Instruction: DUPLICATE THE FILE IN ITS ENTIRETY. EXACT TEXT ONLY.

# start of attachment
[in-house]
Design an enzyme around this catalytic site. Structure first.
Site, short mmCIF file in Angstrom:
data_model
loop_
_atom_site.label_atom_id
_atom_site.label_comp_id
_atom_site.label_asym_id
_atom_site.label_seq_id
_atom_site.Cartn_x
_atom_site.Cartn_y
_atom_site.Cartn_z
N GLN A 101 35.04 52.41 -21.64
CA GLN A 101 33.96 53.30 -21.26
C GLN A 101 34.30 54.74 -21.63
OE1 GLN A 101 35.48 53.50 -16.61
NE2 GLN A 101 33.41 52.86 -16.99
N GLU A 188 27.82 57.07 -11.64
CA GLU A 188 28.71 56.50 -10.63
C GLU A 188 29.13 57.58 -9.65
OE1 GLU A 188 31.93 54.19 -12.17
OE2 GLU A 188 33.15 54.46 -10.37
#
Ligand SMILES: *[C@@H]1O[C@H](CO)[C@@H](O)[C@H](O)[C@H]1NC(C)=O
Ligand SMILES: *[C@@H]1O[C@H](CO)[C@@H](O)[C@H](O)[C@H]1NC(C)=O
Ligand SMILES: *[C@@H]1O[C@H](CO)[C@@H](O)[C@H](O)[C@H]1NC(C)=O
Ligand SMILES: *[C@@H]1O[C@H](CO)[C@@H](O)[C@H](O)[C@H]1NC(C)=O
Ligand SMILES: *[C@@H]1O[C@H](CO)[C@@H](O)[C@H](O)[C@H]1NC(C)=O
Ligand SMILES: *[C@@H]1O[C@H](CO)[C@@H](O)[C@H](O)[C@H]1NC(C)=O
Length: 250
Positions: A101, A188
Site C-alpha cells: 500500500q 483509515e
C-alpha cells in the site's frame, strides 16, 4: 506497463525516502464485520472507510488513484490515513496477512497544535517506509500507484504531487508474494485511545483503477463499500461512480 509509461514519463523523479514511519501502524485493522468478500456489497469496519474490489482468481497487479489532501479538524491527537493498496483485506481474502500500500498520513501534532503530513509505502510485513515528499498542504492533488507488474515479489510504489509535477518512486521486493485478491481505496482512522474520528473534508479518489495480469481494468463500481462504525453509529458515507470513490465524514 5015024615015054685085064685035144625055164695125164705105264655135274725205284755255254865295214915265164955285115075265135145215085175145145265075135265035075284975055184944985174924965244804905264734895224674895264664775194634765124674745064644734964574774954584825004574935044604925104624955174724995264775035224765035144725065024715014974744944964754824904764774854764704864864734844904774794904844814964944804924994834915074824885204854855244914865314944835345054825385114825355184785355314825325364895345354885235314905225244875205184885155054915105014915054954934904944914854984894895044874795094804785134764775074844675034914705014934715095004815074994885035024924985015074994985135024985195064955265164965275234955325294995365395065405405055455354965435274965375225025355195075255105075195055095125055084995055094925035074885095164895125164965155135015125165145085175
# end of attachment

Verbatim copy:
[in-house]
Design an enzyme around this catalytic site. Structure first.
Site, short mmCIF file in Angstrom:
data_model
loop_
_atom_site.label_atom_id
_atom_site.label_comp_id
_atom_site.label_asym_id
_atom_site.label_seq_id
_atom_site.Cartn_x
_atom_site.Cartn_y
_atom_site.Cartn_z
N GLN A 101 35.04 52.41 -21.64
CA GLN A 101 33.96 53.30 -21.26
C GLN A 101 34.30 54.74 -21.63
OE1 GLN A 101 35.48 53.50 -16.61
NE2 GLN A 101 33.41 52.86 -16.99
N GLU A 188 27.82 57.07 -11.64
CA GLU A 188 28.71 56.50 -10.63
C GLU A 188 29.13 57.58 -9.65
OE1 GLU A 188 31.93 54.19 -12.17
OE2 GLU A 188 33.15 54.46 -10.37
#
Ligand SMILES: *[C@@H]1O[C@H](CO)[C@@H](O)[C@H](O)[C@H]1NC(C)=O
Ligand SMILES: *[C@@H]1O[C@H](CO)[C@@H](O)[C@H](O)[C@H]1NC(C)=O
Ligand SMILES: *[C@@H]1O[C@H](CO)[C@@H](O)[C@H](O)[C@H]1NC(C)=O
Ligand SMILES: *[C@@H]1O[C@H](CO)[C@@H](O)[C@H](O)[C@H]1NC(C)=O
Ligand SMILES: *[C@@H]1O[C@H](CO)[C@@H](O)[C@H](O)[C@H]1NC(C)=O
Ligand SMILES: *[C@@H]1O[C@H](CO)[C@@H](O)[C@H](O)[C@H]1NC(C)=O
Length: 250
Positions: A101, A188
Site C-alpha cells: 500500500q 483509515e
C-alpha cells in the site's frame, strides 16, 4: 506497463525516502464485520472507510488513484490515513496477512497544535517506509500507484504531487508474494485511545483503477463499500461512480 509509461514519463523523479514511519501502524485493522468478500456489497469496519474490489482468481497487479489532501479538524491527537493498496483485506481474502500500500498520513501534532503530513509505502510485513515528499498542504492533488507488474515479489510504489509535477518512486521486493485478491481505496482512522474520528473534508479518489495480469481494468463500481462504525453509529458515507470513490465524514 5015024615015054685085064685035144625055164695125164705105264655135274725205284755255254865295214915265164955285115075265135145215085175145145265075135265035075284975055184944985174924965244804905264734895224674895264664775194634765124674745064644734964574774954584825004574935044604925104624955174724995264775035224765035144725065024715014974744944964754824904764774854764704864864734844904774794904844814964944804924994834915074824885204854855244914865314944835345054825385114825355184785355314825325364895345354885235314905225244875205184885155054915105014915054954934904944914854984894895044874795094804785134764775074844675034914705014934715095004815074994885035024924985015074994985135024985195064955265164965275234955325294995365395065405405055455354965435274965375225025355195075255105075195055095125055084995055094925035074885095164895125164965155135015125165145085175